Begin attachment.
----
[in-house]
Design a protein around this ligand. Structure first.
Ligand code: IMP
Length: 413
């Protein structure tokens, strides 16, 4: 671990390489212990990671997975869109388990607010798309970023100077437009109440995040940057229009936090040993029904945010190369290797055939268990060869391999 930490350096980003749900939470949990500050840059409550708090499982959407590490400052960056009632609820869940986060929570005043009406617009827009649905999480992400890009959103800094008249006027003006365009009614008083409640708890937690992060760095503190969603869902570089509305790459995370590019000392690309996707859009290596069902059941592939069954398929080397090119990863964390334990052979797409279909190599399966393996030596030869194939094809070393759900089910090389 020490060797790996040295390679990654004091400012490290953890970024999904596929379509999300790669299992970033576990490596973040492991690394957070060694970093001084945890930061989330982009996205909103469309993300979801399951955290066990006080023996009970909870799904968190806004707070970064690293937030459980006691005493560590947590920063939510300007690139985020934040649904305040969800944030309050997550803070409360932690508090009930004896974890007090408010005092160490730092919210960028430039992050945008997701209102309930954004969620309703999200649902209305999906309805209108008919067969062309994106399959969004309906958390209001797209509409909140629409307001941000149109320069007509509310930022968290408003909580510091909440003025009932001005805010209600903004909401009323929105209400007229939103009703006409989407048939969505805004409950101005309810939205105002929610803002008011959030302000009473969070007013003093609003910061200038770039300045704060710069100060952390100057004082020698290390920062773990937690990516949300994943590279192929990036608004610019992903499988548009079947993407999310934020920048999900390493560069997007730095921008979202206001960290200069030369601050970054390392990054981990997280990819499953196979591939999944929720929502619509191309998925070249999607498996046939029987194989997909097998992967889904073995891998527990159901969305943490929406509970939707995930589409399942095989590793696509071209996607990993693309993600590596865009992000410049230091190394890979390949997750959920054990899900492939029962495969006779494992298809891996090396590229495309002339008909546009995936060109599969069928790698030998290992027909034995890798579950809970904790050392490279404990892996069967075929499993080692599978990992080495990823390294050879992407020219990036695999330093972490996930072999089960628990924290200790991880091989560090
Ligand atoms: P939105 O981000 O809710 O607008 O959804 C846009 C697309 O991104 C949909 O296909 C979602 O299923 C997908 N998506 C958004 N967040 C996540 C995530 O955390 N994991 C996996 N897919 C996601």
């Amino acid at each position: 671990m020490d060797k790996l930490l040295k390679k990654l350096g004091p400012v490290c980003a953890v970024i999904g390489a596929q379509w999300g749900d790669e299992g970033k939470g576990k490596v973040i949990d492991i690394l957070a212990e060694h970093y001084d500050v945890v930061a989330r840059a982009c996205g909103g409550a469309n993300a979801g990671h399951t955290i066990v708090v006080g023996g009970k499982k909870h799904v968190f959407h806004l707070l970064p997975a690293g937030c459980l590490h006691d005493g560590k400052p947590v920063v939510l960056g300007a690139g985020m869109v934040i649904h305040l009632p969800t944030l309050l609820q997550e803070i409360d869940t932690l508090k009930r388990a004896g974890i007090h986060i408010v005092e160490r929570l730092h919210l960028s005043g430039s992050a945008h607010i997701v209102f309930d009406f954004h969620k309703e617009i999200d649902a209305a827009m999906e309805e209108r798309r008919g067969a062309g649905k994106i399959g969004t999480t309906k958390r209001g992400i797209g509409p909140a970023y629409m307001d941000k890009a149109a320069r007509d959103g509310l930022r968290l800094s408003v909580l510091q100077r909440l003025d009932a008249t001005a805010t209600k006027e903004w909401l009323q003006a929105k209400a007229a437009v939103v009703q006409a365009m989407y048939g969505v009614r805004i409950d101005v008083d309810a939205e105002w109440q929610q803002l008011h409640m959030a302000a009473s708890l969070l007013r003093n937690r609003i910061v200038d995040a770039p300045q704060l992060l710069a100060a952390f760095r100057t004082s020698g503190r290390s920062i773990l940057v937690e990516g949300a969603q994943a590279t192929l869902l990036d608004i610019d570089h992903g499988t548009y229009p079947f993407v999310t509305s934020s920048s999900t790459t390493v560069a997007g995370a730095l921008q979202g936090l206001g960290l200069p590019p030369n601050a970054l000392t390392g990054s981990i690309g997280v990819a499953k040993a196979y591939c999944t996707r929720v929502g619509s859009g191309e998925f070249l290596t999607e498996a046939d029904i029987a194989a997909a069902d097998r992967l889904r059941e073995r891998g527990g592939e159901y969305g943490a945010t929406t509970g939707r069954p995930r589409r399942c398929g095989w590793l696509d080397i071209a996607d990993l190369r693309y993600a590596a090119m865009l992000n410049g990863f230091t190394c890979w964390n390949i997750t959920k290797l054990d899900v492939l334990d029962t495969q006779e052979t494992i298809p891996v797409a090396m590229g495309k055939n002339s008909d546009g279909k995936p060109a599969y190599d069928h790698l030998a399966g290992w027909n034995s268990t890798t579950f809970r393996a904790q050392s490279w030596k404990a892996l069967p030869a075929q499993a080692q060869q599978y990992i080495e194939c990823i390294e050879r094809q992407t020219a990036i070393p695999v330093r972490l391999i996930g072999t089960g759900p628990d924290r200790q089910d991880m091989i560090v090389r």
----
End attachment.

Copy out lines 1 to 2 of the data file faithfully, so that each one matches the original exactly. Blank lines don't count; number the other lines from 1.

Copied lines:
[in-house]
Design a protein around this ligand. Structure first.